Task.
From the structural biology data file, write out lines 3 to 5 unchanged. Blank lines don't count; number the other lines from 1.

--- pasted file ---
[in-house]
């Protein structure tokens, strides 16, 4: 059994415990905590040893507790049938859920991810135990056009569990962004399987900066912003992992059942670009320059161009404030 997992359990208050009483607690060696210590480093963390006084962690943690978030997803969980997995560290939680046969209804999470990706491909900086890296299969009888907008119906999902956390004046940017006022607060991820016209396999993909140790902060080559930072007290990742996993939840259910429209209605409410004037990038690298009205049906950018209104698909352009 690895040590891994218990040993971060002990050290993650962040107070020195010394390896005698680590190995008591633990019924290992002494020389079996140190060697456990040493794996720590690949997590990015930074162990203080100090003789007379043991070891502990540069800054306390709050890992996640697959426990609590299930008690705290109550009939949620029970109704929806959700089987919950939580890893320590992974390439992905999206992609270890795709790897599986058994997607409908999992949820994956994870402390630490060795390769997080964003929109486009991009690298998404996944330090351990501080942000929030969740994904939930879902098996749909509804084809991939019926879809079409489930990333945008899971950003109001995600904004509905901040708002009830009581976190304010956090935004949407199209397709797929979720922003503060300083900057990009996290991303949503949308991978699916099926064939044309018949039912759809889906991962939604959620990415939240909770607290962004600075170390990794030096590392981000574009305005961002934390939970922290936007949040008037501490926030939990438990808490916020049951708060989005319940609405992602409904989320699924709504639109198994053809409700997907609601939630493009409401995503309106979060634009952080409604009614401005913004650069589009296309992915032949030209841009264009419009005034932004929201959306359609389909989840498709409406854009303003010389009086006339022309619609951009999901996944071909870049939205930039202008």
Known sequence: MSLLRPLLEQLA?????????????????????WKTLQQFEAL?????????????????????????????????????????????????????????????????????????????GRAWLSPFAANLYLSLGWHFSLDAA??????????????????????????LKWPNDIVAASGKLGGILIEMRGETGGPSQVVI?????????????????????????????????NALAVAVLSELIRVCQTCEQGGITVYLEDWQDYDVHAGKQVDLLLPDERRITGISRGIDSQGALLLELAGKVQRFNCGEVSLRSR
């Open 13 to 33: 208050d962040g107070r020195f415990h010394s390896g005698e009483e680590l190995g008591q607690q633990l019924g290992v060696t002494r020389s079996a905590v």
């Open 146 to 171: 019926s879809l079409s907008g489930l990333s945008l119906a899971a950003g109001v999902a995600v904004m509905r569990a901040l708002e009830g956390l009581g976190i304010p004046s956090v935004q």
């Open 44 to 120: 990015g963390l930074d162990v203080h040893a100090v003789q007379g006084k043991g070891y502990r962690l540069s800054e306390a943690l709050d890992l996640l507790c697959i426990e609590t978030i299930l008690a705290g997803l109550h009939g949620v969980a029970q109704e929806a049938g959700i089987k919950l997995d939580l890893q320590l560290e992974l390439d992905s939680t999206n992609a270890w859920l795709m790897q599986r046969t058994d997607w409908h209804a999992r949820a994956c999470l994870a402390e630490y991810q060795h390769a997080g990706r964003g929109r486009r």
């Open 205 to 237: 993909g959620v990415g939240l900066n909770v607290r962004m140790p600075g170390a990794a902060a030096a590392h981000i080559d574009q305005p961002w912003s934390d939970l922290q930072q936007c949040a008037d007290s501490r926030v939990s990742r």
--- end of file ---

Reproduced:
Known sequence: MSLLRPLLEQLA?????????????????????WKTLQQFEAL?????????????????????????????????????????????????????????????????????????????GRAWLSPFAANLYLSLGWHFSLDAA??????????????????????????LKWPNDIVAASGKLGGILIEMRGETGGPSQVVI?????????????????????????????????NALAVAVLSELIRVCQTCEQGGITVYLEDWQDYDVHAGKQVDLLLPDERRITGISRGIDSQGALLLELAGKVQRFNCGEVSLRSR
């Open 13 to 33: 208050d962040g107070r020195f415990h010394s390896g005698e009483e680590l190995g008591q607690q633990l019924g290992v060696t002494r020389s079996a905590v």
């Open 146 to 171: 019926s879809l079409s907008g489930l990333s945008l119906a899971a950003g109001v999902a995600v904004m509905r569990a901040l708002e009830g956390l009581g976190i304010p004046s956090v935004q």